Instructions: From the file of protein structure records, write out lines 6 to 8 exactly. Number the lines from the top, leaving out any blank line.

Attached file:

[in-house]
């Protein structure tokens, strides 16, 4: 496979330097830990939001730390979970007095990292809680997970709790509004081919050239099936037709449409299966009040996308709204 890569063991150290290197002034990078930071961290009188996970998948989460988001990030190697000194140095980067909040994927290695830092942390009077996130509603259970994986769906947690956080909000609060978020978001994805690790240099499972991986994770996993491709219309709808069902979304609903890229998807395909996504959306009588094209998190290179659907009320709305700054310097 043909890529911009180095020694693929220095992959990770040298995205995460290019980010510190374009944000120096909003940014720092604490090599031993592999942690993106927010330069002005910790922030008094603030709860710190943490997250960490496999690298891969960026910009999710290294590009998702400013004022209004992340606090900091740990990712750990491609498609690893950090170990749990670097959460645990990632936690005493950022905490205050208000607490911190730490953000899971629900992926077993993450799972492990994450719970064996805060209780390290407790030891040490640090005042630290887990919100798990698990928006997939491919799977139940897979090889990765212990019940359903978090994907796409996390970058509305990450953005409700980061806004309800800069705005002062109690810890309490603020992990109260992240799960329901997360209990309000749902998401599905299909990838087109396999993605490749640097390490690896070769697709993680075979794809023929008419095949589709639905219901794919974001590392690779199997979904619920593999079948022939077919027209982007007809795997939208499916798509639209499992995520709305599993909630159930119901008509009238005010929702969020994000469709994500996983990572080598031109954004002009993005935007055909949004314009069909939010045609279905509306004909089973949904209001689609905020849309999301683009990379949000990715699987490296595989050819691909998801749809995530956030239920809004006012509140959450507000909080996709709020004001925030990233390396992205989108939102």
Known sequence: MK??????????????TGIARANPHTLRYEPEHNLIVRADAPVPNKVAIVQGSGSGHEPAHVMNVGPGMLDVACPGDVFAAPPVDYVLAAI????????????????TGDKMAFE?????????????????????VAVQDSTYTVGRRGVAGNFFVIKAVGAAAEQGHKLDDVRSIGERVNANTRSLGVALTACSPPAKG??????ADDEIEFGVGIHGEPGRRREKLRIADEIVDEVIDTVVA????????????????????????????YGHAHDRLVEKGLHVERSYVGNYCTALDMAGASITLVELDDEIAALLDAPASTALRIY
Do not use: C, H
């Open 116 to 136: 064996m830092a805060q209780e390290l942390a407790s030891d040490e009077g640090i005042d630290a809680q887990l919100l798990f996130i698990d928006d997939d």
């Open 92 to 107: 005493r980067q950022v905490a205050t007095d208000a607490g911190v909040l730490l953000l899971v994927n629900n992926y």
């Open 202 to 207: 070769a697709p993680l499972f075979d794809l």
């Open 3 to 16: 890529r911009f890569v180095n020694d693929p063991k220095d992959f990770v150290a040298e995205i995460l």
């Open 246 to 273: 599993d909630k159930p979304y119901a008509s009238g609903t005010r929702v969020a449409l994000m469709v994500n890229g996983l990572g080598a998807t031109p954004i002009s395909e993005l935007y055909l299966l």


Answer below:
């Open 92 to 107: 005493r980067q950022v905490a205050t007095d208000a607490g911190v909040l730490l953000l899971v994927n629900n992926y």
């Open 202 to 207: 070769a697709p993680l499972f075979d794809l």
């Open 3 to 16: 890529r911009f890569v180095n020694d693929p063991k220095d992959f990770v150290a040298e995205i995460l």